If you follow the steps below (in order) with a transition firm, you will be able to exit your business in a less stressful fashion:
- Gather all data and documents about the financials of your firm
- Interview experts for your transition team
- Select and begin consulting with your transition team
- Create and execute your transition plan (which could range from six months to five years)
- Successfully complete the transaction
- Ensure that a wealth management system is put in place for a secure financial future
When you started your company, who did you seek the advice of first – an accountant, lawyer or financial planner? Share your selection with us in the comments section below.
Week 2: Who Is Interested In Your Business?
If you have considered selling your business, it’s vitally important to do the proper research. My prior post discussed getting a professional valuation of your company, and this post will give you some ideas on how to locate and identify the best possible buyers.
I recognize that financial valuation isn’t the only factor when looking for buyers. You are selling the product of years of hard work, and you want to be sure it’s the right match. With that in mind, I’d like to offer a few tips to help you in finding an appropriate successor and partner:
- Hire a business broker. Business brokers are much like real estate agents for businesses. They will actively market you and guide you through the process. The Wall Street Journal has partnered with a very useful website called http://www.bizbuysell.com. Check them out to get specific references for brokers in your area.
- Look for people you respect in your industry. If they run their business successfully, you can be confident that yours will transition seamlessly under their care, as well.
- Don’t overlook the competition out of habit. Your biggest competitors may well be the best people to buy you out. The combination of your innovations and theirs may well give rise to a product, service or a way of doing business that can change lives.
Frankly, a business broker is the biggest asset you can have while navigating the waters of a sale. They will be able to give you advice on everything from valuation to closing, with the added incentive of a percentage of the deal to get you the best price possible.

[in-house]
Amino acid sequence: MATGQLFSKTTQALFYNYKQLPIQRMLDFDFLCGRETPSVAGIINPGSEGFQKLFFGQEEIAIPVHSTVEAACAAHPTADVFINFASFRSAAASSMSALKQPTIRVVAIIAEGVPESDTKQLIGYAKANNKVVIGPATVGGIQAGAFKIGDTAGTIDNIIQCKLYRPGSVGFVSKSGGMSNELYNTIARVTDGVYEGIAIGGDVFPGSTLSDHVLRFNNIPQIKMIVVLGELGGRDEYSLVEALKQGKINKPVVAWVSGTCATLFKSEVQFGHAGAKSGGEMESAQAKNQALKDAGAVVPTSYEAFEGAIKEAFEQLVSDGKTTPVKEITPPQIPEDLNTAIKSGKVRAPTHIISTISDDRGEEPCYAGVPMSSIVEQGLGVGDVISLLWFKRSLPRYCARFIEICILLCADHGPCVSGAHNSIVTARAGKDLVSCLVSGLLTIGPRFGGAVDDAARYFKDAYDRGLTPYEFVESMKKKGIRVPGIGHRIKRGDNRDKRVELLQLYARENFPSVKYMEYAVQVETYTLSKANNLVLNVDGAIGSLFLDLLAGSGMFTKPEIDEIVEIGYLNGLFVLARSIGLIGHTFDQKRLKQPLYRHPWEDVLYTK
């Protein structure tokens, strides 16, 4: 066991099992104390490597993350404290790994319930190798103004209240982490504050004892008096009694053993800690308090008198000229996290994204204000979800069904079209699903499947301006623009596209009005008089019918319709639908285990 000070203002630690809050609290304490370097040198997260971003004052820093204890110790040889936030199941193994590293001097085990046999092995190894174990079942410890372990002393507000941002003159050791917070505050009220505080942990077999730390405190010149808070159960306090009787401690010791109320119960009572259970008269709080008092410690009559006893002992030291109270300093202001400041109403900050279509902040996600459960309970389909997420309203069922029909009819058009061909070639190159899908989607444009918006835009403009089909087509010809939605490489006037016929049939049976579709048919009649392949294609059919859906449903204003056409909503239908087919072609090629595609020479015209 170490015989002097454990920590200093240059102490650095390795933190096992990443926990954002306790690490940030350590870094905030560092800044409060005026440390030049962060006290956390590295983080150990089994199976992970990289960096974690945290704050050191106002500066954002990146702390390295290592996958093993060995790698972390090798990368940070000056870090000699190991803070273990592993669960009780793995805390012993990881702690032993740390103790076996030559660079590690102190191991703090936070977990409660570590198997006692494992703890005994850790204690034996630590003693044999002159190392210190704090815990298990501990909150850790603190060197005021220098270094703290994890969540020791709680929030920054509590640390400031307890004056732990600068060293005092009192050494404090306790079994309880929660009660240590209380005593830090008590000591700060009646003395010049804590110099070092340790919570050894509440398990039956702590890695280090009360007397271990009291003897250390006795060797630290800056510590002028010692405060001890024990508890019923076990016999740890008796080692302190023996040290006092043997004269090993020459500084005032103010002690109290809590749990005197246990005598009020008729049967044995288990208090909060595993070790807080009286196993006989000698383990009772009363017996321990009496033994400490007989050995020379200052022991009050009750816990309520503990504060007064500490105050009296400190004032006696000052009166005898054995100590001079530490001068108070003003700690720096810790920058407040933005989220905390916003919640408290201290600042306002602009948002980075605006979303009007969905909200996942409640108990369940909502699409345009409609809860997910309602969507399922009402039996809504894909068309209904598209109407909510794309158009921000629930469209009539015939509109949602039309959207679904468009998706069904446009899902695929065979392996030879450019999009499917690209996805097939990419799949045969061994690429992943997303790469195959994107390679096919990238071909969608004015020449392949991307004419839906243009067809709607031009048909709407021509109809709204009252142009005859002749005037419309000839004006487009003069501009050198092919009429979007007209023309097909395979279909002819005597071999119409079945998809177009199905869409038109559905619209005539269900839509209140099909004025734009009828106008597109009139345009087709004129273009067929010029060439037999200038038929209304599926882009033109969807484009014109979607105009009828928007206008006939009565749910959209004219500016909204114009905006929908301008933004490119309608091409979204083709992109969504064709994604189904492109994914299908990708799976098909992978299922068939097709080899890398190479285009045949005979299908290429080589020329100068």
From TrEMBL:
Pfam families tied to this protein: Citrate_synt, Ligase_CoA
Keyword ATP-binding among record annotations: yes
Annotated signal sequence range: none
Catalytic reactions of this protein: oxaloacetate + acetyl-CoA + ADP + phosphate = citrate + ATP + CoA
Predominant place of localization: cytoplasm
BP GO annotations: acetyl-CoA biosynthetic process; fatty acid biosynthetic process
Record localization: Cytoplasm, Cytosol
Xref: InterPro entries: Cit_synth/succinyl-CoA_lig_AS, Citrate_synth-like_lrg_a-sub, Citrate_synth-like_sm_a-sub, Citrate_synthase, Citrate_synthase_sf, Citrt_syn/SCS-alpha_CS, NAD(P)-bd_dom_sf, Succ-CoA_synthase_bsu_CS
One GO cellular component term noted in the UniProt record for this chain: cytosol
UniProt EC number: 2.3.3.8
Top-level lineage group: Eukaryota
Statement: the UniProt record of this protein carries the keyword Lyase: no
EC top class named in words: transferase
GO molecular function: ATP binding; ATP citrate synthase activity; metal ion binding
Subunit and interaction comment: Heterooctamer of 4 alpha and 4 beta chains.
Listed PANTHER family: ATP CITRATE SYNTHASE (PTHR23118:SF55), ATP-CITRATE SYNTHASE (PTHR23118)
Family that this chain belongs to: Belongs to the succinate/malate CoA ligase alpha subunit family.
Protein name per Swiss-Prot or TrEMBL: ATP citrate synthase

Remember, you’re not just selling the tangible assets of a business. You’re selling your brand and your reputation. Your careful planning today will assure you a comfortable retirement. I encourage you to do your due diligence, just as your eventual purchaser will have done theirs.
In your opinion, how long does it take to build a strong brand before it is ready for sale?
Small businesses need to step through the uncertainties. Work on increasing sales. Inflation is already here. We are paying more now for our purchases. So increase prices now. Here’s how to do that, for example: If your health care costs are 5% of sales and you expect (or assume) that these costs will increase 20%, that puts health care costs at 6% of sales; the bottom line result is a 1% decrease in margin; to make that up, increase selling prices by 1% to keep pace. Continue to apply this technique to other cost items. Remember, “a penny makes a difference.” A 1% margin improvement for $10 million in sales is $100,000. That is big-time money! CFO-Pro says, “Walk right through that fear! You’ll feel a lot better. Don’t wait to figure out what the government is doing. They will never get it right! Now–what are you going to do?”
Business growth presents special challenges in financial planning because executives often believe growth is something to be maximized. Unfortunately, fast-growing companies that lack the financial acumen to manage their growth can and do fail.
Increased sales require more assets of all types (i.e., inventory, accounts receivable, productive capacity), which must be paid for. Retained profits and new borrowings generate some cash, but only limited amounts.
Knowing your company’s sustainable growth rate can help you avoid biting off more sales than your company can chew. The sustainable growth rate is the product of four ratios:
G = P x T x R x L where
P is profit margin % (net income / sales)
T is asset turnover ratio (sales / total assets)
R is profit retention rate % (net profit – dividends)
L is assets to equity ratio (assets / beginning equity) or leverage
Unless an owner is willing and able to sell equity or borrow money, the sustainable growth rate is a ceiling on the growth achievable without straining resources. As equity grows, a company can borrow more money without altering the capital structure. The sustainable growth rate then is nothing more than its growth rate in equity.
Here’s an example of calculating a sustainable growth rate:
$1,000,000 Last year’s sales
$2,000,000 Total assets
$ 400,000 Beginning equity
.5 T ($1,000,000 / $2,000,000)
.5 L ($2,000,000 / $400,000)
Assuming no additional equity infusion, the sustainable growth rate is:
10% x .5 x 85% x 5 = 21.25%
Assets, liabilities and productive capacity will expand proportionally to sustain growth in sales up to $1,212,500. Any growth greater than 21.25% will begin to strain resources—debt capacity will be reached, lenders will refuse additional credit requests, and cash will be deficient to pay bills.
Count Your Blessings
Calculate your sustainable growth rate and keep an eye on your numbers. You can have too much of a good thing, whether it’s turkey or sales.